Relationship Between Mental Wellbeing and Green Space in Your City

Ever since the beginning of the rapid technological advancement period, rural people have started moving to cities, forming what is now called urban societies. Indeed, according to the statistics provided by the United Nations Department of Economics and Social Affairs a startling 55% of world’s population resides in urban areas as opposed to 45% of those living in rural areas. Moreover, since the process of global urbanization is yet to be finished, it is projected that by the year 2050 this proportion will have changed to 68% of the world population to be residents of the cities. This means over 2.5 billion people will be added to urban areas, with the most of the increase taking place in Africa and Asia.

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Such an increase in the urban population means that urban planners are currently faced with a challenge to efficiently and effectively provide the rising number of city residents with a healthy and happy environment. One of the requirements that a lot of urban planners are trying to meet is the balance between the proportion of concrete jungles that are intrinsic to the city landscape and green space. Unfortunately, with the increased demand for housing and other buildings that accommodate daily human activities it is becoming more and more difficult to maintain a fair share of green space. However, it is essential to solve this issue as having sufficient green space is vital for mental wellbeing. In fact, modern scientists are currently trying to prove the strong connection between the two.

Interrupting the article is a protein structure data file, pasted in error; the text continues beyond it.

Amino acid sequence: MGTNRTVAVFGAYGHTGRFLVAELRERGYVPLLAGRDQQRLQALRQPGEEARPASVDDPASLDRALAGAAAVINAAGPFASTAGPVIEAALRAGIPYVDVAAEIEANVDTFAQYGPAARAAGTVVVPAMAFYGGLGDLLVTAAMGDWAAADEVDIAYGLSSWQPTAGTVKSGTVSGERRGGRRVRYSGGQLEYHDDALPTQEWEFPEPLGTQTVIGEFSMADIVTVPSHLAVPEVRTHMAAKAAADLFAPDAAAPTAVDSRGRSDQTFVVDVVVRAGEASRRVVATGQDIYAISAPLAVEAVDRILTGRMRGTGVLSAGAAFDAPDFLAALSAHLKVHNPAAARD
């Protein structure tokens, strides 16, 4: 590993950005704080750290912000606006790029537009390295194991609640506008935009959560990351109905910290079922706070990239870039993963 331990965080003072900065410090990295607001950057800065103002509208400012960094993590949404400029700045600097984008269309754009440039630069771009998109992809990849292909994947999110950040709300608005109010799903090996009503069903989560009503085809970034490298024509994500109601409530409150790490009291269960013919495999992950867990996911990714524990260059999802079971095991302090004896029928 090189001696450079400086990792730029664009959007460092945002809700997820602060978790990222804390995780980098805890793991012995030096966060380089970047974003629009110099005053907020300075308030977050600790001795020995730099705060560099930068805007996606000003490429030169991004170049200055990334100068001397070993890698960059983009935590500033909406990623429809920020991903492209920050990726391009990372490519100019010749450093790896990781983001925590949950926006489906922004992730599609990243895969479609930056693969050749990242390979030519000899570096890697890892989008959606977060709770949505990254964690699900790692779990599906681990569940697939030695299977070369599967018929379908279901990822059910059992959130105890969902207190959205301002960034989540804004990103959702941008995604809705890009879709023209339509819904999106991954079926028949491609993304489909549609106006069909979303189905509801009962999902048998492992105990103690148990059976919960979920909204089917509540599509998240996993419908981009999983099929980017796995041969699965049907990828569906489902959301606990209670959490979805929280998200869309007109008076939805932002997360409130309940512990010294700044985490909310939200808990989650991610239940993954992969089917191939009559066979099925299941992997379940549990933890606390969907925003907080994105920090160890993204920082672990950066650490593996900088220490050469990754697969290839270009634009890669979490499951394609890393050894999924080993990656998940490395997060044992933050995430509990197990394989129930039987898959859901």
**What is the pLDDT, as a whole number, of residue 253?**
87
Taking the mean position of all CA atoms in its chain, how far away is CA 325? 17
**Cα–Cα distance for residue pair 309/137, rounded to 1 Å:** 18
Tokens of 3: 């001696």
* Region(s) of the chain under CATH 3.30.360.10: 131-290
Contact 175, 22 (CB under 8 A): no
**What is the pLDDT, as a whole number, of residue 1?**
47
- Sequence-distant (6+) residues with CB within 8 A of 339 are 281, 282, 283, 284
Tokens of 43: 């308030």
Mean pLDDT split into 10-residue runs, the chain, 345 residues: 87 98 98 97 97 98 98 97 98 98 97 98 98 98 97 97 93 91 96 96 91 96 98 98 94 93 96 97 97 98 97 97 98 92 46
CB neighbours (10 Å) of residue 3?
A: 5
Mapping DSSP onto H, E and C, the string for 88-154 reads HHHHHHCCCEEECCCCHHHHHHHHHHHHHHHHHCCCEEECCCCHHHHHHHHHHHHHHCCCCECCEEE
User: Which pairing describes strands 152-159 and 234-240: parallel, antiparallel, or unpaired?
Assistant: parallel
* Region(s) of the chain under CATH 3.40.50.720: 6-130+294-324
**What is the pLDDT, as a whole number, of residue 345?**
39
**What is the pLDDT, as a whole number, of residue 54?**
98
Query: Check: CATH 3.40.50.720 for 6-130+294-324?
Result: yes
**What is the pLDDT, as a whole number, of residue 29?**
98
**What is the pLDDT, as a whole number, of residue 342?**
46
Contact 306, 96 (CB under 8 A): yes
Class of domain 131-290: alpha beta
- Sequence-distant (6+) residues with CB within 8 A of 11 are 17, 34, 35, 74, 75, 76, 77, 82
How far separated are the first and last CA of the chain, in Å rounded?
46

Also Read: Green Living – How To Invest In Smart And Green Architecture

How Nature Impacts Your Wellbeing

There is plenty of evidence to support the idea that exposure to nature has a number of general health benefits. For instance, vegetation has a positive effect on ambient air quality and, subsequently, ameliorates human health and overall well-being. Moreover, having a stroll in the neighborhood is a nice way to increase your daily physical activity, which is extremely beneficial for your health.

While the relationship between general health and green space in your city is strong and well-reasoned, the degree to which having a nice park surrounding your residential area affects your mental state is open for debate. Recently, there have been a number of theses and proposition in regards to the question, hence several were published trying to correlate these two concepts, leading to the following findings.